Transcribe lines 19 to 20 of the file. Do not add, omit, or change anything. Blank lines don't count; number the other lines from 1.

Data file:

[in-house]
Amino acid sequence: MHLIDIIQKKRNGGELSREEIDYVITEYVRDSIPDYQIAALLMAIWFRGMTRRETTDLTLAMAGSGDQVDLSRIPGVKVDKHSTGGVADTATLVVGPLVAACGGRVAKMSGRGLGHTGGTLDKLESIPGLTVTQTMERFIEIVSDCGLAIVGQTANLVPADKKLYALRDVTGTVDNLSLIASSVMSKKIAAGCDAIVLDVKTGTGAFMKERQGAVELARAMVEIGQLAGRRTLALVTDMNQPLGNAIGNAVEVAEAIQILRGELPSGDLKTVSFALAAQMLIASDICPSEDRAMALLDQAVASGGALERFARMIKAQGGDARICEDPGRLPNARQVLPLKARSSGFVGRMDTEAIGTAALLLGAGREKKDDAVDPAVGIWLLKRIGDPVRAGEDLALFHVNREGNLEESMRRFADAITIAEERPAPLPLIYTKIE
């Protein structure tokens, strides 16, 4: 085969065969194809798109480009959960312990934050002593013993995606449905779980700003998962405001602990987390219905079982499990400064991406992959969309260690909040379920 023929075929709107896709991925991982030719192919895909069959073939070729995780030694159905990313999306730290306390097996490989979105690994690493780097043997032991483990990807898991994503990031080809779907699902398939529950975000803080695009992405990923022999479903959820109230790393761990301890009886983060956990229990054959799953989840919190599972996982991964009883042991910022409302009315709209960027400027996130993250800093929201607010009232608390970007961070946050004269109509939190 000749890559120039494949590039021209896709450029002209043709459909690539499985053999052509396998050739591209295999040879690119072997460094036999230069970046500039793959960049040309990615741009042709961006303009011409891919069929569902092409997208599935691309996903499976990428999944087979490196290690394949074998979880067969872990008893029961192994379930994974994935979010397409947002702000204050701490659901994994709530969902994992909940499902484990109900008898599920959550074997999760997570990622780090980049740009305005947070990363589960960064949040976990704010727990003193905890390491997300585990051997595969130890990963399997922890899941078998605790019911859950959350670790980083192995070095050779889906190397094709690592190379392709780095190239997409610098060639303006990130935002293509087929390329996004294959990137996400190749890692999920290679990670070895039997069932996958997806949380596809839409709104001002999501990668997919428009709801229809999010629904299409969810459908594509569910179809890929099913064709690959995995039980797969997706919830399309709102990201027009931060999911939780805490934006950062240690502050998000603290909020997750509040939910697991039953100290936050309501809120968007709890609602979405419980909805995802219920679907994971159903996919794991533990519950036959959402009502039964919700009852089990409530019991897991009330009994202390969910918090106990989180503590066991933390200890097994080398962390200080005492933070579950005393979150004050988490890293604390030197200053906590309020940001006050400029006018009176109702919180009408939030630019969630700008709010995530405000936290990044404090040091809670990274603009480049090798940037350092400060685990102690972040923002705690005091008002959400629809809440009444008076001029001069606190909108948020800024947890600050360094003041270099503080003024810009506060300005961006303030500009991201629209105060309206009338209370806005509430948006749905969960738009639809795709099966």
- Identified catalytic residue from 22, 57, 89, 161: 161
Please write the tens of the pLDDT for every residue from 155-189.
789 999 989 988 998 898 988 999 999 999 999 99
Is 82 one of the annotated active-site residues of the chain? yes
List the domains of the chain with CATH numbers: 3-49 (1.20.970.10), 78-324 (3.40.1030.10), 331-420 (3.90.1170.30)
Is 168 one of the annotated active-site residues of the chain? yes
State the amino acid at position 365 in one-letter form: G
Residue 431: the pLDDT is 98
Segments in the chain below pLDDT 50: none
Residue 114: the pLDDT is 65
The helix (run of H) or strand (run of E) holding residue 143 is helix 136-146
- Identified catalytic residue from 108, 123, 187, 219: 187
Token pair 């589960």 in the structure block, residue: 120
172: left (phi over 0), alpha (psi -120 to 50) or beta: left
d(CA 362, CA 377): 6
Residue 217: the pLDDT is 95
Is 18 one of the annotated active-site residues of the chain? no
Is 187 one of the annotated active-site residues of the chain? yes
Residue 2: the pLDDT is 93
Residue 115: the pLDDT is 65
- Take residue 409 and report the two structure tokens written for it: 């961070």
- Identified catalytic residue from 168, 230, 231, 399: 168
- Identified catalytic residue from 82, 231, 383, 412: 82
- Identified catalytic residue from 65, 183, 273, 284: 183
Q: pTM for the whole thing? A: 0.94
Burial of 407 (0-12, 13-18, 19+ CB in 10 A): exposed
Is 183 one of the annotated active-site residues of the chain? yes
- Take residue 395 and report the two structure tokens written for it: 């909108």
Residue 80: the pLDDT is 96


Residue 217: the pLDDT is 95
Is 18 one of the annotated active-site residues of the chain? no